KHC NE 102
Although we often think of written and spoken language as interchangeable, how children acquire these two abilities couldn't be more different: Children effortlessly learn to speak and understand language just by listening to it being spoken around them. On the other hand, becoming an expert reader requires years of explicit instruction and effortful practice. Some individuals, with a condition known as developmental dyslexia, will even face a lifelong struggle with reading difficulties. This course explores the scientific study of reading and language development -- a richly multidisciplinary effort that bridges the fields of psychology, linguistics, neuroscience, and education. The emphasis of this course will be on the modern scientific effort to understand "the reading brain": how learning to read changes our brain in myriad ways, coordinating neural systems for vision, hearing, language, and memory. Specific topics will include the history of the alphabet and other writing systems, how different cultures' writing systems produce different reading brains, how brain injuries can result in specific impairments in language and reading, and how brain imaging is helping unravel the mystery of reading impairment.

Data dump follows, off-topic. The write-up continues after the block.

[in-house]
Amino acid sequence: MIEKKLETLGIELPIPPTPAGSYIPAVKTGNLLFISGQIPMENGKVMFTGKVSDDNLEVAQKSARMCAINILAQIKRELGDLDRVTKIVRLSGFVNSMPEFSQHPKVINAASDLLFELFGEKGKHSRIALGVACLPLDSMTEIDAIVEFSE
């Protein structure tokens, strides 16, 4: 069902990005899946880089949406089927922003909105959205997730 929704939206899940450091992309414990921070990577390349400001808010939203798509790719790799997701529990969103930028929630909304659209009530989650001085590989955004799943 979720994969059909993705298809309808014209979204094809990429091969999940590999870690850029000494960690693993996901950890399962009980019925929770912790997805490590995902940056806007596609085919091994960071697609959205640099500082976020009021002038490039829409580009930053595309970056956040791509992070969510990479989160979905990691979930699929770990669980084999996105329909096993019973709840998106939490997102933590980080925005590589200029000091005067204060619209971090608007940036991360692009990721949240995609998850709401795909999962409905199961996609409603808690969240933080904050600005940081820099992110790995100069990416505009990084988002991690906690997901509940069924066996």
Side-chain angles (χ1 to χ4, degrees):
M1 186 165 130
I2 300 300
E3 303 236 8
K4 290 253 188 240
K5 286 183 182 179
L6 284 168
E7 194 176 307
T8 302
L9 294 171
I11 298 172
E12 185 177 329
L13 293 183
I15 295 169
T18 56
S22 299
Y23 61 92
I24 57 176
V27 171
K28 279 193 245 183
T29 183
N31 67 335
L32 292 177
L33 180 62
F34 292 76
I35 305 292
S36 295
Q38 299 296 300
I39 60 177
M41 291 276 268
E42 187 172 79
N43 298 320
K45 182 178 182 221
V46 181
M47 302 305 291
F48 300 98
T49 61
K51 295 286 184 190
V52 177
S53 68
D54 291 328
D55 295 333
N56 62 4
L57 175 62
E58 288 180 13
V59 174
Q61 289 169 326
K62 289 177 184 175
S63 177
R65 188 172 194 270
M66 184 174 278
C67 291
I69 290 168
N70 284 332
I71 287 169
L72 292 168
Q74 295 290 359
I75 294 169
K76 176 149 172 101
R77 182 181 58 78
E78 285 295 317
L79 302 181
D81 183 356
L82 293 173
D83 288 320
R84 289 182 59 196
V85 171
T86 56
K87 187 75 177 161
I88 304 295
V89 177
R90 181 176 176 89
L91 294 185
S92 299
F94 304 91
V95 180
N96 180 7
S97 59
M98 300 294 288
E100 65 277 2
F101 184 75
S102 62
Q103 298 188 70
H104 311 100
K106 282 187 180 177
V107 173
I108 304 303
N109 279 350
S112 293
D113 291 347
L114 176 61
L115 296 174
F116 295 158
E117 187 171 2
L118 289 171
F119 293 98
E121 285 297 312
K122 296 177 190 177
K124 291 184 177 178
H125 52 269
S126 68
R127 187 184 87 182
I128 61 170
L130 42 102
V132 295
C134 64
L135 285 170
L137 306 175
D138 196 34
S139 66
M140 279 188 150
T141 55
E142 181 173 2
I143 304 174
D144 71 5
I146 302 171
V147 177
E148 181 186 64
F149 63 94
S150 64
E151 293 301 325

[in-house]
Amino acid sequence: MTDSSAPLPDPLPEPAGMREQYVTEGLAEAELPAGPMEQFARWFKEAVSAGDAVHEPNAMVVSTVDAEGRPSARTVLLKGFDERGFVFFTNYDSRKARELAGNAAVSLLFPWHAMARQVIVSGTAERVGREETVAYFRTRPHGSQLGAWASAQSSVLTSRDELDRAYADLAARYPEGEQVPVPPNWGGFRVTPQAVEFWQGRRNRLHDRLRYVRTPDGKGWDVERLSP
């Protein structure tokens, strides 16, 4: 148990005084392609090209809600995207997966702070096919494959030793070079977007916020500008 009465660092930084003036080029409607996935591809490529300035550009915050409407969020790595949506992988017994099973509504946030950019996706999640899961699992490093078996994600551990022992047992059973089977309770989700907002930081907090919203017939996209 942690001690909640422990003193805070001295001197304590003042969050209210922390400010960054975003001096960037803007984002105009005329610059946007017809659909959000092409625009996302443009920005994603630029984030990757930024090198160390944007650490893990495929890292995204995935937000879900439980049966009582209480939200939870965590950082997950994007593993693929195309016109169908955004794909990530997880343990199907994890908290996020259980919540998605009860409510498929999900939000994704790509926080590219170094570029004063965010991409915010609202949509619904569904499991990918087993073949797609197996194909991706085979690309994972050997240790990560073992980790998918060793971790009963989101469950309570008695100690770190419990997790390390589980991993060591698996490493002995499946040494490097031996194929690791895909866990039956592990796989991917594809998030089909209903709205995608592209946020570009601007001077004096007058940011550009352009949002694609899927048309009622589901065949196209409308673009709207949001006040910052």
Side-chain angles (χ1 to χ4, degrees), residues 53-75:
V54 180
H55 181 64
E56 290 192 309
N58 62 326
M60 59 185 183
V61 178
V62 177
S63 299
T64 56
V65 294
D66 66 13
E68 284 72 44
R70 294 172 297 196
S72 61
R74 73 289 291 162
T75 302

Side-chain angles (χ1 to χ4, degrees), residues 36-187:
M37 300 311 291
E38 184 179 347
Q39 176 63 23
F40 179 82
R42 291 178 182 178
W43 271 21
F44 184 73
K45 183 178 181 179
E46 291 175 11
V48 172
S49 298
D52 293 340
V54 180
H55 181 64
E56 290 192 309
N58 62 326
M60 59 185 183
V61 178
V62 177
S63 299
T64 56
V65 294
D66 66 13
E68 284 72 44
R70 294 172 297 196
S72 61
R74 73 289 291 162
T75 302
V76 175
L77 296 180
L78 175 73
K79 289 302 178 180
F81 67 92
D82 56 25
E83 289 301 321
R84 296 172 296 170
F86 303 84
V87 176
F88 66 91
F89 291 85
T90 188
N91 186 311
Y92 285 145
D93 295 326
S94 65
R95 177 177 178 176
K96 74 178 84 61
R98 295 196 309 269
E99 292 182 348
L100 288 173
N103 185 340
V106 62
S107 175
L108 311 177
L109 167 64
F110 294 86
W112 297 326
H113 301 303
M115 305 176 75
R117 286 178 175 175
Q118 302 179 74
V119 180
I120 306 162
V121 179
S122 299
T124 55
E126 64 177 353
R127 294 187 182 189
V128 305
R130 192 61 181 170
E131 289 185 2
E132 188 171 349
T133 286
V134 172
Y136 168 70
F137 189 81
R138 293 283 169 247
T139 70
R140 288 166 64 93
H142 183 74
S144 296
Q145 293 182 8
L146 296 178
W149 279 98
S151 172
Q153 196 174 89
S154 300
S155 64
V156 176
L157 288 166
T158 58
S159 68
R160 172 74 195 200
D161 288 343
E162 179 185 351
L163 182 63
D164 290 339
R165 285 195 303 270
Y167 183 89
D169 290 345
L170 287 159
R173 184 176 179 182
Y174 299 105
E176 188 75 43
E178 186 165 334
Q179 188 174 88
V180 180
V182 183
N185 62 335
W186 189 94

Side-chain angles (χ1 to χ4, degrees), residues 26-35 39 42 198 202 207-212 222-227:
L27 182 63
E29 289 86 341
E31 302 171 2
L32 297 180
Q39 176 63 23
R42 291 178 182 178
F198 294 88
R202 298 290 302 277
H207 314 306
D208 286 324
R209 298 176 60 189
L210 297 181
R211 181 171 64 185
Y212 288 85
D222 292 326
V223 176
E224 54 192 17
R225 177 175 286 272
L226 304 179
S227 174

FALL 2014 Schedule
|A1||Perrachione||SED 210||MW 12:00 pm-1:30 pm||Class Full|